« PreviousContinue »
it under the old name of Otaheite, we silent. But it is perhaps better as it hope that some eternal mist, drawn is; for the subject of transportation is in a wide circle round the island, will so extensive, and so complicate, and shroud it from all future navigators. so inevitably introduces the whole reWere we some great mariner, and had view of what we call secondary pundiscovered such an island, and had ishments—of our penal code, in short eaten of the bread-fruit of the hospi- —that it were preferable to treat it table native, and reclined under their apart. It would be very unsatispeaceful trees, and seen their youths factory merely to state a string of and maidens crowned with green conclusions, without being able to boughs, sporting like fishes in their throw up any defences against those beautiful clear seas, no mermaid objections which, in a subject so full happier-we should know but of one of controversy, they would be sure to way to prove our gratitude—to close provoke. our lips for ever on the discovery we In fine, we trust to no ideals, no had made. If there exist in some theory or art of colonisation. Neither untraversed region of the ocean an do we make any extraordinary or other such spot, and if there are still novel demands on Government. A any genii, or jins, or whatever sea great work is going on, but it will be fairies may be called, left behind in best performed by simple means. the world, we beseech of them to pro- We ask from the Government that it tect it from all prying circumnavi- should survey and apportion the land, gators. Let them raise bewildering and secure its possession to the honest mists, or scare the helmsman with emigrant, and that it should delegate imaginary breakers, or sit cross to the new settlement such powers of legged upon the binnacle, and be- self-government as are necessary to its witch the compass—anyhow let them internal improvement. These, howprotect their charge. We could al- ever, are important duties, and emmost believe, from this moment, in brace much. The rest, with the exthe existence of such spirits or ception of such liberality as may be genii, having found so great a task for thought advisable, in addition to the them.
fund raised by the sale of waste land, We have no space to go back to for the despatch and outfit of the poor other graver topics connected with labourer or artisan-the rest must be colonisation which we have passed on left to the free spirit of Englishmen, our road. On one topic we had not, whether going single or in groups and certainly, intended to be altogether societies.
THE REACTION, OR FOREIGN CONSERVATISM.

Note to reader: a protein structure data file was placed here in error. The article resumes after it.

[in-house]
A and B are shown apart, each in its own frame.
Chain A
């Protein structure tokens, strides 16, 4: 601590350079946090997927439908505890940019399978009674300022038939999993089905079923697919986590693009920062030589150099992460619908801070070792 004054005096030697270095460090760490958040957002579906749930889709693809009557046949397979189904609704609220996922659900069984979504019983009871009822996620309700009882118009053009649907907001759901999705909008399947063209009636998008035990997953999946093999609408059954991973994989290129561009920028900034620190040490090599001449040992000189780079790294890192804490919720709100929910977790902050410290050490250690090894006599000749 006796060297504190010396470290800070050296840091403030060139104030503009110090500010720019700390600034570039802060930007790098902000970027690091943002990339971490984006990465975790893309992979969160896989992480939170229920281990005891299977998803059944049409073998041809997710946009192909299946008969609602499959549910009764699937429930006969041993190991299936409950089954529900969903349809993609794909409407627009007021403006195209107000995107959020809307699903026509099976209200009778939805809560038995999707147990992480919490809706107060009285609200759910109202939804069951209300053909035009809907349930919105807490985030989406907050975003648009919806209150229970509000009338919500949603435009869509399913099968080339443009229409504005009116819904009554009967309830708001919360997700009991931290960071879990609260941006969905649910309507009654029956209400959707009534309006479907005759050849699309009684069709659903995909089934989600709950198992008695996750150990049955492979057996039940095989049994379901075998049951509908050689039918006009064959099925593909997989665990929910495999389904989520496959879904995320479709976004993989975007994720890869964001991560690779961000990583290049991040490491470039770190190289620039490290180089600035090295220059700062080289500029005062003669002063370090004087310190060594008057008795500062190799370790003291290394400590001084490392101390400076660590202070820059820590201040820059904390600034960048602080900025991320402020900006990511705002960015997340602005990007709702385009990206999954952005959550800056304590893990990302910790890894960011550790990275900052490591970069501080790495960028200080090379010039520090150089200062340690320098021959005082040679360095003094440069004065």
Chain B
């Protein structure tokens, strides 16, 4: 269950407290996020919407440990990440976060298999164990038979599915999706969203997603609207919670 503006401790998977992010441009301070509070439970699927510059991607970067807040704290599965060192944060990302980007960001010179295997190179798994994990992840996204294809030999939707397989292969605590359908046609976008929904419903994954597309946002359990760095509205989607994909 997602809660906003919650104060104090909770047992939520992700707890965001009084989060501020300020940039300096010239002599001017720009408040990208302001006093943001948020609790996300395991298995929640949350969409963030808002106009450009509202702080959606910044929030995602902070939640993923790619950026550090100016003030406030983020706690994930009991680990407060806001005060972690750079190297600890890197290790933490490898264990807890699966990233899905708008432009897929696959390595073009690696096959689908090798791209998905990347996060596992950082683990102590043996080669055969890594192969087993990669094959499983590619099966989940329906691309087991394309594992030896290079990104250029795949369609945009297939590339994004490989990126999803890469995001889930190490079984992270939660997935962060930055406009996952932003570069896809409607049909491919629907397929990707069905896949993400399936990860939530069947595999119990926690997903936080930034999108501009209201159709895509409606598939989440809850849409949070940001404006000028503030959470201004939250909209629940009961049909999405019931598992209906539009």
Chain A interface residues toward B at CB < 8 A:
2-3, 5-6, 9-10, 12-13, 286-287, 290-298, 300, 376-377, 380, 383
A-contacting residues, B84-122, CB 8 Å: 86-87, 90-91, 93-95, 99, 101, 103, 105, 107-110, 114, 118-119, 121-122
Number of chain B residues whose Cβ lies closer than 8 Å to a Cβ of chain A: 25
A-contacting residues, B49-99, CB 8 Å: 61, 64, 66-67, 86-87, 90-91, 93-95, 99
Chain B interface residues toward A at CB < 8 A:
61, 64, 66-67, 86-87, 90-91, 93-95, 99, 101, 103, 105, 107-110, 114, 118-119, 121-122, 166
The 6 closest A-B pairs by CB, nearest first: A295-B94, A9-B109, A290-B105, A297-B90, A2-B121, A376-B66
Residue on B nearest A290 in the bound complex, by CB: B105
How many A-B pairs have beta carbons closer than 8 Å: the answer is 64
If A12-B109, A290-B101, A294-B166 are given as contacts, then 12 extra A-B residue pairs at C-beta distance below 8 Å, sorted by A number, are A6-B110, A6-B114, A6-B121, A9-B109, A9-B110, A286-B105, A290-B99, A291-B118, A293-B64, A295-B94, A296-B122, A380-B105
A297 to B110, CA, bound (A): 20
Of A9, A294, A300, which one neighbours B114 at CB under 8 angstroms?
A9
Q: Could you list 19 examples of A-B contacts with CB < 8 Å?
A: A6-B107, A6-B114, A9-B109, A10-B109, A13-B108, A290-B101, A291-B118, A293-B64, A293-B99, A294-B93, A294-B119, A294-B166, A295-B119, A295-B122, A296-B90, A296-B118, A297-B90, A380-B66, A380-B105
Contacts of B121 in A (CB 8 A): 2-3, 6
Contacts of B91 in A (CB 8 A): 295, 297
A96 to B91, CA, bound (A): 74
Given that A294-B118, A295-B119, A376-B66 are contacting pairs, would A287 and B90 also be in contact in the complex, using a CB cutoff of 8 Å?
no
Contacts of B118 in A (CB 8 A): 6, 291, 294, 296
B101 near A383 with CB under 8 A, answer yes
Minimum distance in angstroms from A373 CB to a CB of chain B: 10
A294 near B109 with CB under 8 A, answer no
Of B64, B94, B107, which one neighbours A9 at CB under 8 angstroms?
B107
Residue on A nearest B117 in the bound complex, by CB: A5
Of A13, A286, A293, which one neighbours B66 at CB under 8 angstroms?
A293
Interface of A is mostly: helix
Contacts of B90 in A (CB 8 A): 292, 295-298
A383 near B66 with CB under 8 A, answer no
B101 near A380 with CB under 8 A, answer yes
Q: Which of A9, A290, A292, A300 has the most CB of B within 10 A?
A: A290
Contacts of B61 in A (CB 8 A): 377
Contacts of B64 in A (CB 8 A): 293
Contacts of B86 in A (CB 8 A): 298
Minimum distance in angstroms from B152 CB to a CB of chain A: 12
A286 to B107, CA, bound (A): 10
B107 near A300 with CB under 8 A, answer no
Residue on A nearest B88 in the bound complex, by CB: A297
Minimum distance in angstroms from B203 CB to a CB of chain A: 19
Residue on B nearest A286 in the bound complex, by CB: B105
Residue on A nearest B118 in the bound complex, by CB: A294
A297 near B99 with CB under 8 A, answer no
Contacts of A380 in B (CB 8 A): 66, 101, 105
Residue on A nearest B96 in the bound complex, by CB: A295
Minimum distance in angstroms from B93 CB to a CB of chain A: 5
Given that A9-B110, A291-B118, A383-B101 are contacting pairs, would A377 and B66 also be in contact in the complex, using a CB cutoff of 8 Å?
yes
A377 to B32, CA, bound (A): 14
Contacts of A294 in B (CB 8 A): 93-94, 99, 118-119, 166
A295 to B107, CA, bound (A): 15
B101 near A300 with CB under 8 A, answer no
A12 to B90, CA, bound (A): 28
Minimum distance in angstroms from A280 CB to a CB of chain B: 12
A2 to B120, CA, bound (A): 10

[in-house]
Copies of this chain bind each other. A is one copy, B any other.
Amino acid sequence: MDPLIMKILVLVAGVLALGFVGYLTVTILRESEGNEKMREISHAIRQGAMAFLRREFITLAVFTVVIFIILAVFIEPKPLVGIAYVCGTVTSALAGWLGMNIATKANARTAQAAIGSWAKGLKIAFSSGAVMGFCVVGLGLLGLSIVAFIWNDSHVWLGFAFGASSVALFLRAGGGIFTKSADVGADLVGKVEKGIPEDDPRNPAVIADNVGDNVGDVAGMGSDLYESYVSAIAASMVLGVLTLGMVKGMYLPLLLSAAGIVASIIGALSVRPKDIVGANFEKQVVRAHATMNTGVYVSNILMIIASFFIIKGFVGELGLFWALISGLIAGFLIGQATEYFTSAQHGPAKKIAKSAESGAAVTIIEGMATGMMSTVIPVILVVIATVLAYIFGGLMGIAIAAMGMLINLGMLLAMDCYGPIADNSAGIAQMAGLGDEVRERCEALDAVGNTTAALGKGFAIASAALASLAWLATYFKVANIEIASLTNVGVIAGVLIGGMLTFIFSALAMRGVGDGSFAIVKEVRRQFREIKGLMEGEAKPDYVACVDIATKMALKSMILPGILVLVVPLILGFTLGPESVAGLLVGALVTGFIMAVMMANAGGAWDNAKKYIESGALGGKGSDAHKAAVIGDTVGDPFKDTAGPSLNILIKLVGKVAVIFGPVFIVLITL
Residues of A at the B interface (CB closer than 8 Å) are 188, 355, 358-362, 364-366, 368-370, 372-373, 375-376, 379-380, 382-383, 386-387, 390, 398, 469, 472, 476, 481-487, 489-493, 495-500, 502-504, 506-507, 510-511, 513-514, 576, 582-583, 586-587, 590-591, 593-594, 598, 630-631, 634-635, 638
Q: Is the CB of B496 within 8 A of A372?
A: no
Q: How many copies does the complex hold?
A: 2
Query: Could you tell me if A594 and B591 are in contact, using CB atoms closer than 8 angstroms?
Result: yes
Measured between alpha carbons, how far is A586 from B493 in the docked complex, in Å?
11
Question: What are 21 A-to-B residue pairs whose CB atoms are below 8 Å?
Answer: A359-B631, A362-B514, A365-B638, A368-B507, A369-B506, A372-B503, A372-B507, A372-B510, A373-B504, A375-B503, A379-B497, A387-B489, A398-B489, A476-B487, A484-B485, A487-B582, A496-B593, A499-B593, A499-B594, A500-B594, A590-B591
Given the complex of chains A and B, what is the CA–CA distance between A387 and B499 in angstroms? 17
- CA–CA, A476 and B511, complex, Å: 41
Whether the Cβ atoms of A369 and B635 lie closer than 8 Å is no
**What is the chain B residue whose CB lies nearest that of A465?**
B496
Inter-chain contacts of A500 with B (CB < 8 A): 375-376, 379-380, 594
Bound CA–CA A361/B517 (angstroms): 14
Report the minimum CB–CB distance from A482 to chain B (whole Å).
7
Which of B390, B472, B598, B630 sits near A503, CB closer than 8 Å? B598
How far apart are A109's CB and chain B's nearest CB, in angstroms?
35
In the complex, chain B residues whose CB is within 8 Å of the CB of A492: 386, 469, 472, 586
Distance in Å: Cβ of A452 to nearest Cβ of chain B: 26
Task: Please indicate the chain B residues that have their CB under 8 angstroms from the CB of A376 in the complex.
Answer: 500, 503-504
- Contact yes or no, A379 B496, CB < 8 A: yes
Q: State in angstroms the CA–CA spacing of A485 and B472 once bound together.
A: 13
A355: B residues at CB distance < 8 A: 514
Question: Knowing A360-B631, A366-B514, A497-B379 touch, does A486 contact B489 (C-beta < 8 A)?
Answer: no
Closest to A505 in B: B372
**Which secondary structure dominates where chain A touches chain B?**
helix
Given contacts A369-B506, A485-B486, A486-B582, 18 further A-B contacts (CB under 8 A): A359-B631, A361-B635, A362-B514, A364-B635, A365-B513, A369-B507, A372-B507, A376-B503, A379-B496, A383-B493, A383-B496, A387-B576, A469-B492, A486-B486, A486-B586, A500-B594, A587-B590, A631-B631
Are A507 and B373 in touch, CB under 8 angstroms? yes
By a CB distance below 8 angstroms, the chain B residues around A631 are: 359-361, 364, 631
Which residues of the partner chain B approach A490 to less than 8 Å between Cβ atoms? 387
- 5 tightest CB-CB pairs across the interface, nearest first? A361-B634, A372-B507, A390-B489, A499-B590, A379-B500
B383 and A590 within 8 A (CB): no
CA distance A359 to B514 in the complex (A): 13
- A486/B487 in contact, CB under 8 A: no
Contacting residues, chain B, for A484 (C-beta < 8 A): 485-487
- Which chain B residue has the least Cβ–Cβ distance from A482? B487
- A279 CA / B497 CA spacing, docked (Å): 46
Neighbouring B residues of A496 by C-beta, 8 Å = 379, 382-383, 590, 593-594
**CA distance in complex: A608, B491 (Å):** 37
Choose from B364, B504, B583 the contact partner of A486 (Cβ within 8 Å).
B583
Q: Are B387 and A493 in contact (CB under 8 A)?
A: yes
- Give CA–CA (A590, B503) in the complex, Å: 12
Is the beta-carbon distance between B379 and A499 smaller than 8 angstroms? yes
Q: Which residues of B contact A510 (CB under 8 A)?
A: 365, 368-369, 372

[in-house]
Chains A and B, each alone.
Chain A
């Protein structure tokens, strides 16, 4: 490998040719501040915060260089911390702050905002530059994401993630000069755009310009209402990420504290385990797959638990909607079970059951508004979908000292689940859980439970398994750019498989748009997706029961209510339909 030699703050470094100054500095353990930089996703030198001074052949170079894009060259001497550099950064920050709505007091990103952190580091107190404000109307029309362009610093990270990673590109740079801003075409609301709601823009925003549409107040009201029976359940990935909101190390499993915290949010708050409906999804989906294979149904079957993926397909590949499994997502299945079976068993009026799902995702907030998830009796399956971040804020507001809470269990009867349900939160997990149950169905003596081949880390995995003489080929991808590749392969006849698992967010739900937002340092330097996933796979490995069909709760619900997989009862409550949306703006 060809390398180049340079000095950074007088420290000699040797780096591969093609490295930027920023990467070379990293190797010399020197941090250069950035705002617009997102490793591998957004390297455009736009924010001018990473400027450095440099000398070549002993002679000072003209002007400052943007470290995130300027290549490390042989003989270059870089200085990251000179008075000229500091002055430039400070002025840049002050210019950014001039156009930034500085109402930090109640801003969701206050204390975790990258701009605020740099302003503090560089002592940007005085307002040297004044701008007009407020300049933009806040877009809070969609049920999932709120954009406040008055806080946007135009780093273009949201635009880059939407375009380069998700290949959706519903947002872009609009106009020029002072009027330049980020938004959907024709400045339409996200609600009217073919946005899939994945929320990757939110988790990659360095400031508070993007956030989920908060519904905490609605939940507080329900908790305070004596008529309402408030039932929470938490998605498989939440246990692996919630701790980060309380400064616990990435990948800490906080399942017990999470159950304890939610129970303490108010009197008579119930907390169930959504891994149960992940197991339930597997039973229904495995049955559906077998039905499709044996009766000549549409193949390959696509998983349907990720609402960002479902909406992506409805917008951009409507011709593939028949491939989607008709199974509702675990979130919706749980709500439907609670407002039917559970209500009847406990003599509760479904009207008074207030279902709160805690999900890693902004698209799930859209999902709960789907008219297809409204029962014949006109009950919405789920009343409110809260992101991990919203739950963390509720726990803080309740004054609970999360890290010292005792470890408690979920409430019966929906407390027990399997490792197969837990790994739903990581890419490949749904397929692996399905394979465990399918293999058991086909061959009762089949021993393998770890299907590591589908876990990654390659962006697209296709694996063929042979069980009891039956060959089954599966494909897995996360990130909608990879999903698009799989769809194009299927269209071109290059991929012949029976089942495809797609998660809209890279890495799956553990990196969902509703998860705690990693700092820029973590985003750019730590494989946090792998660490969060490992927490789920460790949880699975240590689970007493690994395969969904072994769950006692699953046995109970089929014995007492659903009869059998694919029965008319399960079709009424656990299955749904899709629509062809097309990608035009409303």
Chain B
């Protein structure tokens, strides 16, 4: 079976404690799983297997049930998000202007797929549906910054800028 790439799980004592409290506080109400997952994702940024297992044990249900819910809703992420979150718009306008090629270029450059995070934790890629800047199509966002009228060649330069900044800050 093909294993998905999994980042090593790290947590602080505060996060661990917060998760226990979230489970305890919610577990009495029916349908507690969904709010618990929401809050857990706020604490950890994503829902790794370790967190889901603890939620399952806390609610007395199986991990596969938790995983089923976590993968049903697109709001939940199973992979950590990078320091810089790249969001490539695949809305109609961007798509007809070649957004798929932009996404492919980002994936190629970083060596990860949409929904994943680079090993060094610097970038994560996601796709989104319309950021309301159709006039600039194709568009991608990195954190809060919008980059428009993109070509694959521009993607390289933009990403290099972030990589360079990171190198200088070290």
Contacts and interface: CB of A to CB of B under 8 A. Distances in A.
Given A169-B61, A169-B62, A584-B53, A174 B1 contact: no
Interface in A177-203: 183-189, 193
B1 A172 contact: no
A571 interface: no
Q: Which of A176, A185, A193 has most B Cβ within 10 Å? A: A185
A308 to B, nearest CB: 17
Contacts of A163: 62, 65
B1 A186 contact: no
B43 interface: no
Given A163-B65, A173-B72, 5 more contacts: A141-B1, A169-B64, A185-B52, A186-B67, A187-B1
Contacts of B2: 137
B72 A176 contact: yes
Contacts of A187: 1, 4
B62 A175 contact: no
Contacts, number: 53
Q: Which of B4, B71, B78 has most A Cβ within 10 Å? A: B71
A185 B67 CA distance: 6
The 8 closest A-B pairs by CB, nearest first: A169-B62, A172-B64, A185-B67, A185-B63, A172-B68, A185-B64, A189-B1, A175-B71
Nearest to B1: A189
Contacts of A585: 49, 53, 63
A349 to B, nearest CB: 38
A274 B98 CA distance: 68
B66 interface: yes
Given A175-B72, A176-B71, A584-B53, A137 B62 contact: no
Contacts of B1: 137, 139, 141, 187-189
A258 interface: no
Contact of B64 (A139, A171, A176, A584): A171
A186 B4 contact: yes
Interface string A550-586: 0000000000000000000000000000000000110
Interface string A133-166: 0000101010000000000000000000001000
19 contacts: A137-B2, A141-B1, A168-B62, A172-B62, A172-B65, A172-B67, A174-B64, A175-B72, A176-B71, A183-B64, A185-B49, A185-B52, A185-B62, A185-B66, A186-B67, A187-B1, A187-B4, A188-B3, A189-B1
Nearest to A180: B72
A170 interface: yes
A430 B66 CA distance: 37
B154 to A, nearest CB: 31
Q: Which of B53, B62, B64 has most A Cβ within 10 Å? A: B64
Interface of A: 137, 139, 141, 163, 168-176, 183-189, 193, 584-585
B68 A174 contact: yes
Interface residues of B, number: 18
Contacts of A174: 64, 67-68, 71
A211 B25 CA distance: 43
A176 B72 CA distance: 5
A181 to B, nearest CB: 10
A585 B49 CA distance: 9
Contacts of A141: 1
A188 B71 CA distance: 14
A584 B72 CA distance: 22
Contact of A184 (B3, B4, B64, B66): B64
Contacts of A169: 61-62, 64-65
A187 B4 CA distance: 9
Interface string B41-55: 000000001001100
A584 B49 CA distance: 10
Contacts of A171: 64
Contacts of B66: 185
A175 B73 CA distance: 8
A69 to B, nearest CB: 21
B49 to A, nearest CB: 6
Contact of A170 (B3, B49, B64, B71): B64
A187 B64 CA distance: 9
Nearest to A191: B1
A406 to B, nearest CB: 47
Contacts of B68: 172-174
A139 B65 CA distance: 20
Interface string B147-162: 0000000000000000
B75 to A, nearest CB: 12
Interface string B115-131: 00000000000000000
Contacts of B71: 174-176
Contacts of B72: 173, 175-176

Boston, February 1849.
the corrupting influences of the French It is the sage remark of Montes priesthood, as because they are no quieu, that, under a government of longer Gallican priests, but simply laws, liberty consists simply in the the emissaries of Ultramontanism. power of doing what we ought to There is no longer a French church. will, and in freedom from any con The Revolution made an end of that. straint to do what we ought not to When Napoleon, walking at Malmaiwill. The true conservative not only son, heard the bells of Ruel, he was accepts this maxim, but he gives it overpowered with a sense of the value completeness by prescribing a pure of such associations as they revived religion as the standard of what a in his own heart, and forthwith he people ought to will, and as the only opened the churches which had so long sober guide of conscience. And this been the sepulcbres of a nation's may be added as a corollary, that so faith, convinced that they served a long as a free people is substantially purpose in government, if only as a Christian, their conscience coinciding cheap police. He opened the churches, with absolute right, their liberty, so but he could not restore the church of far as affected by popular causes, will France. He could do no more than preserve itself from fatal disorders. enthrone surviving Ultramontanism Such a people, possessed of liberty, in her ancient seats, and that by a will know it and be content. But maneuvre, which made it a creature where the popular conscience is mor and a slave of his ambition. When bid, they may have liberty without it revolted, he talked of Gallican liknowing it. They will fancy that berties, but only for political purposes. they ought to will what they are not Nor did the Restoration do any better. permitted to will, and the most whole The church of St Louis was defunct. some restraints of wise laws will ap Gallican immunities were indeed pear tyrannical. For ch a people asserted on paper; but, in effect, the there can be no cure, till they are Jesuits gained the day. The Orleans restored to a healthy conscience. A usurpation carried things further ; despotism successfully established for the priesthood, severed from the over them, and then moderately main state, became more Ultramontane from tained, and benevolently administered, apparent necessity, and lost, accordis the only thing that can save them ingly, their feeble hold on the remainfrom self-destruction.